He was right. Even though Van Saarloos’ theory makes sense, I still believe that it is possible to meet someone with whom the relationship—even in the long run—remains playful and lively. My own parents are a good example of this. My mother started speaking to my father in the pub. The words “Do you often come here?” provided the first contact and now, 44 years later, they still make each other happy.
Yet I think a relationship like my parents’ is more unique than monogamous society would have us believe. In my opinion, there is also a certain ease in monogamy. After all, there are plenty of people who remain faithful to each other after the fizz in the coke is gone. There are also plenty of people who “would rather not be alone” and thus throw away their chances of true passion. Finally, there are still a lot of people for whom a great love is simply not possible. So, you also need a lot of luck to bump into your great love at the right time. But life would be boring not to strive for that, wouldn’t it?
People have been pondering this issue for centuries. Such was the case with the Greek philosopher Plato (ca. 427 B.C.- 347 B.C.). In the dialogue Symposium, written by him, Plato has several fictional speakers speak. A group of Athenian men discuss love during a feast of food and drink. One of them is Aristophanes, who has a very special story to tell. He shares with his listeners the myth of the missing half. This myth explains why we feel incomplete at some times and perfect at others. According to this myth, people used to look different: like a ball. We know humans as having one head and two arms and legs, but these earlier “sphere-shaped humans” would have had eight limbs and two heads.
Reportedly, these sphere-shaped humans were quite powerful. Therefore, supreme god Zeus intervened and decided to split the sphere-shaped humans in two. This is how people got their current body. As a result of this split, people feel lonely and lost because they are missing their counterpart. Finding this other half—their great love—makes people feel happy and complete.
Although Aristophanes’s (or rather Plato’s) myth is immensely charming, I still do not believe in its message. After all, in my opinion, it does not demonstrate that love needs a counterpart. A human being is perfectly capable of facing the world with one head, two arms, and two legs. Moreover, a person without a counterpart can be happy and feel complete. He or she does not need anyone else for that. Not even someone cut from the same “sphere.” The chance of finding someone who perfectly suits you one hundred percent is almost nil.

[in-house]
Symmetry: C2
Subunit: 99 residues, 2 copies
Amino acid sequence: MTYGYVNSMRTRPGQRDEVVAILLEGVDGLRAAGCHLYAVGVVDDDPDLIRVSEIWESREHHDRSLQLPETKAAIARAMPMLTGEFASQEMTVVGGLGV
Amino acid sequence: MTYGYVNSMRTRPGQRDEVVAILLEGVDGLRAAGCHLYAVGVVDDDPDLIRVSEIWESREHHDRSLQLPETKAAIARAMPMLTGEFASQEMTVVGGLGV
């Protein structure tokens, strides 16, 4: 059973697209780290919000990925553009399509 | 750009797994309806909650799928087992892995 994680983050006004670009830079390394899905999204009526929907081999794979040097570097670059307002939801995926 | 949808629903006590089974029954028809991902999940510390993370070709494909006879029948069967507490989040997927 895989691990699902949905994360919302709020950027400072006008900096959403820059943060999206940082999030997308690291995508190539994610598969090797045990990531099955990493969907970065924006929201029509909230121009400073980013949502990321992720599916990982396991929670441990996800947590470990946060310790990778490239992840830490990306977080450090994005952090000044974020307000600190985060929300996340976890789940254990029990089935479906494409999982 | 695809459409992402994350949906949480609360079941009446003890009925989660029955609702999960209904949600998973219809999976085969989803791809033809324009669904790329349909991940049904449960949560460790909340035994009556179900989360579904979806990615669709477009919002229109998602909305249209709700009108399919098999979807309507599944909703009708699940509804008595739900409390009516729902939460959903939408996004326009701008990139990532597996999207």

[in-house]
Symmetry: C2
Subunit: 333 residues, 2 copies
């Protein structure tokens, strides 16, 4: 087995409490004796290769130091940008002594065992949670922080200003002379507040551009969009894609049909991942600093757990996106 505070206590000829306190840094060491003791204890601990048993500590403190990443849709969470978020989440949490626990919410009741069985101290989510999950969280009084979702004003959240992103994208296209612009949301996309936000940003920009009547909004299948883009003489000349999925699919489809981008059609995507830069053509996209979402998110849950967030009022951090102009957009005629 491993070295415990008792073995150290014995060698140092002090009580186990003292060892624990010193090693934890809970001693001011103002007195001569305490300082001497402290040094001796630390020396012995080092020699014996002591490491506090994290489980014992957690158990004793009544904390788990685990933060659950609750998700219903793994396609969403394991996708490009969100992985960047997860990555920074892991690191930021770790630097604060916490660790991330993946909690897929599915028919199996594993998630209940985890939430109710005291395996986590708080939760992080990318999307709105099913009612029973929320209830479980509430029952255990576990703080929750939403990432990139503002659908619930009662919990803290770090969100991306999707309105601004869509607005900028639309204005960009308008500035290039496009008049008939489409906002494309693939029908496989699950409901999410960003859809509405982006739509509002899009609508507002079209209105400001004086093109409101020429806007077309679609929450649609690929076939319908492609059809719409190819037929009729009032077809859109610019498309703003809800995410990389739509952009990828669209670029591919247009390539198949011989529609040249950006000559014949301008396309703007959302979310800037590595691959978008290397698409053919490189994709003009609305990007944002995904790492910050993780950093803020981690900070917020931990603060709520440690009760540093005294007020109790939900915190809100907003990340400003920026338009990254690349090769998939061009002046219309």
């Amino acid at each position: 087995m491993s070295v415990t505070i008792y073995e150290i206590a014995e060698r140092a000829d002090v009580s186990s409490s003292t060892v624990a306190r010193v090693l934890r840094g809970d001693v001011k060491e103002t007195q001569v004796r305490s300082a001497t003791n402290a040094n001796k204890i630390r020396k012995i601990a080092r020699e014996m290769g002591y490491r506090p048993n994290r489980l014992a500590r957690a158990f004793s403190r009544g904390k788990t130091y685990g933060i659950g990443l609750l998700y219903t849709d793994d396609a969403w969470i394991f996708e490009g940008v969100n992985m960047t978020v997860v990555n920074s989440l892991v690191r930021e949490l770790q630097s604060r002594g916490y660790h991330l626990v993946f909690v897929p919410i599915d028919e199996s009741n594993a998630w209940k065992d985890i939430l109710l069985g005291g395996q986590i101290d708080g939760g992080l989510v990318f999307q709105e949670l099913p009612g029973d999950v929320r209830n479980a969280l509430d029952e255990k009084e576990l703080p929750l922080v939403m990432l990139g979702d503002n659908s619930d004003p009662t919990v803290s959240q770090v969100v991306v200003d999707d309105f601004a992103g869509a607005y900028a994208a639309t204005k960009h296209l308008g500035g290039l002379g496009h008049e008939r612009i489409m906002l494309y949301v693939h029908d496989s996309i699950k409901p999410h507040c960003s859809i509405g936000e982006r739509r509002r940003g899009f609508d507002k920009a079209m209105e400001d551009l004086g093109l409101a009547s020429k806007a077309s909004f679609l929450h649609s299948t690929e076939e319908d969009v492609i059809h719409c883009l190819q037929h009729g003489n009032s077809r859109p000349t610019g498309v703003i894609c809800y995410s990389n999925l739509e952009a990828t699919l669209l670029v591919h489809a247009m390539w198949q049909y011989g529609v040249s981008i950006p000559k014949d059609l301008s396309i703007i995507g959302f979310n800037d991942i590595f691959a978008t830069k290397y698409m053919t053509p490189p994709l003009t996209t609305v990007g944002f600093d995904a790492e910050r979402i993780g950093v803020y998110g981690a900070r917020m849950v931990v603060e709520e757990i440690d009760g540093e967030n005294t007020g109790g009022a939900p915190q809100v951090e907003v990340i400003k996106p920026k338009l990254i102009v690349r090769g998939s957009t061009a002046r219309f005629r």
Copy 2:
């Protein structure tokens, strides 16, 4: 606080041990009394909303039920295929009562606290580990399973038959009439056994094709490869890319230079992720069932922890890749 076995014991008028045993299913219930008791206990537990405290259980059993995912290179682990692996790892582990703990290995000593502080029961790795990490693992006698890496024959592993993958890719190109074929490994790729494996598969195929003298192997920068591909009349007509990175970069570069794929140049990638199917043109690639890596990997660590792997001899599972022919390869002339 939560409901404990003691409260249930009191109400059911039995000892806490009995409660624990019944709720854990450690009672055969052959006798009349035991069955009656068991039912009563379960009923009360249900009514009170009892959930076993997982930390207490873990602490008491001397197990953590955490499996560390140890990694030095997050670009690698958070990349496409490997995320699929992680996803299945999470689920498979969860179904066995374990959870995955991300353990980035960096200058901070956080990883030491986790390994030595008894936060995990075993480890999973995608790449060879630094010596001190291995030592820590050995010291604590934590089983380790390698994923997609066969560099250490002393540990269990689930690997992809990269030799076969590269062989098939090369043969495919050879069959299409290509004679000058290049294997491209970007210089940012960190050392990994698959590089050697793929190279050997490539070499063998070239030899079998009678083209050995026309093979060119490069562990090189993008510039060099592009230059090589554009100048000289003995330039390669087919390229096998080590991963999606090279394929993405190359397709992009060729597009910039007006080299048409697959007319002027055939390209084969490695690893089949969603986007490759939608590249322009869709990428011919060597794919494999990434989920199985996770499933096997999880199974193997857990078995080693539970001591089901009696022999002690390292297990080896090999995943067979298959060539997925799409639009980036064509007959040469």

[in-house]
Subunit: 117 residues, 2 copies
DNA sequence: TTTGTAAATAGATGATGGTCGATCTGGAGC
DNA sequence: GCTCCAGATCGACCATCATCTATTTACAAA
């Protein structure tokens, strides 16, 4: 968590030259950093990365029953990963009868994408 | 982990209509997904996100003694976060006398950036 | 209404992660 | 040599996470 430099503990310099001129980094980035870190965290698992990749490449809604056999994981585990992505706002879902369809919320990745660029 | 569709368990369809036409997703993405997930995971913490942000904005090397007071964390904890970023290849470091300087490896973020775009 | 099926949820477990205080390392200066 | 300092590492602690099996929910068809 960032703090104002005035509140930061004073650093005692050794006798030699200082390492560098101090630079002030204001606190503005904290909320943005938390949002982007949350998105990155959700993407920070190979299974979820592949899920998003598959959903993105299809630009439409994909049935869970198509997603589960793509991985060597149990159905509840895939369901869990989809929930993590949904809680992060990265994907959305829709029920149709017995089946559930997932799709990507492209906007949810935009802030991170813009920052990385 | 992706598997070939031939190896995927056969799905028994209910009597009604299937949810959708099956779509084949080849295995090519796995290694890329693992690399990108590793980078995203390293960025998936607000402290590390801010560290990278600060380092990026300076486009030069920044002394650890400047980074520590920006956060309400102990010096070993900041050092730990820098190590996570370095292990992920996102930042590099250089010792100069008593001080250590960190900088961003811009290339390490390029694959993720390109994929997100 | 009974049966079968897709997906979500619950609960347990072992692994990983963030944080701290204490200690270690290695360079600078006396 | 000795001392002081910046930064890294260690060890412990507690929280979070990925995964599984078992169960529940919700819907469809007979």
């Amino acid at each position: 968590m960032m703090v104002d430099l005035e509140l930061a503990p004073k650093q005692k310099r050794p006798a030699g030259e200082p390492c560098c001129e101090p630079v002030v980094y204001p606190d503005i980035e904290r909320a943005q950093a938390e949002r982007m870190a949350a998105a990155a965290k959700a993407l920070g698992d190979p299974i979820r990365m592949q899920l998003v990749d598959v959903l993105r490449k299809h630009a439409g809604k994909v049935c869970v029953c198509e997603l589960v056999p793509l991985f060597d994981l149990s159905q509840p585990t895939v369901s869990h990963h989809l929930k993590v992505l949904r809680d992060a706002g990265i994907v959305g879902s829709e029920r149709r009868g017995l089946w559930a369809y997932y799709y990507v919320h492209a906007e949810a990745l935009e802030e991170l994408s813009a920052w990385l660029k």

On the other hand, it does demonstrate—I think—love when someone does not want to live without someone else. Even when this person is not perfect or completely compatible with you. I find it enormously loving that someone wants to attach him/herself to someone else and take all the risks of this attachment for granted, including imperfection. And that a divorce, an illness, death, or a terrible in-law does not stand in the way of this choice. This is in contrast to Van Saarloos’ understanding of a polyamorous love where expectations are looser and less conditional.
But then how do you recognize such a great love when it is right in front of you? If Palmen is to be believed, I only have to listen to my body. Indeed, according to her, the body betrays that which the head cannot yet comprehend. In a famous scene from the book I.M. (an ode to her great love Ischa Meijer), Connie and Ischa shit their pants at the same time. Simply because they were so crazy about each other.
On the other hand, if I am to believe my mother, I should just ask someone “if he often comes here.” With both of these “opinions,” I still have no idea what love exactly means. And although I think it’s a fairy-tale and sordid idea, I don’t think anyone is going to wet his pants for me. For that reason alone, I think I’ll go for the last option: “uhm, crazy question, do you often come here?”
Translated by Language Center, Riet Bettonviel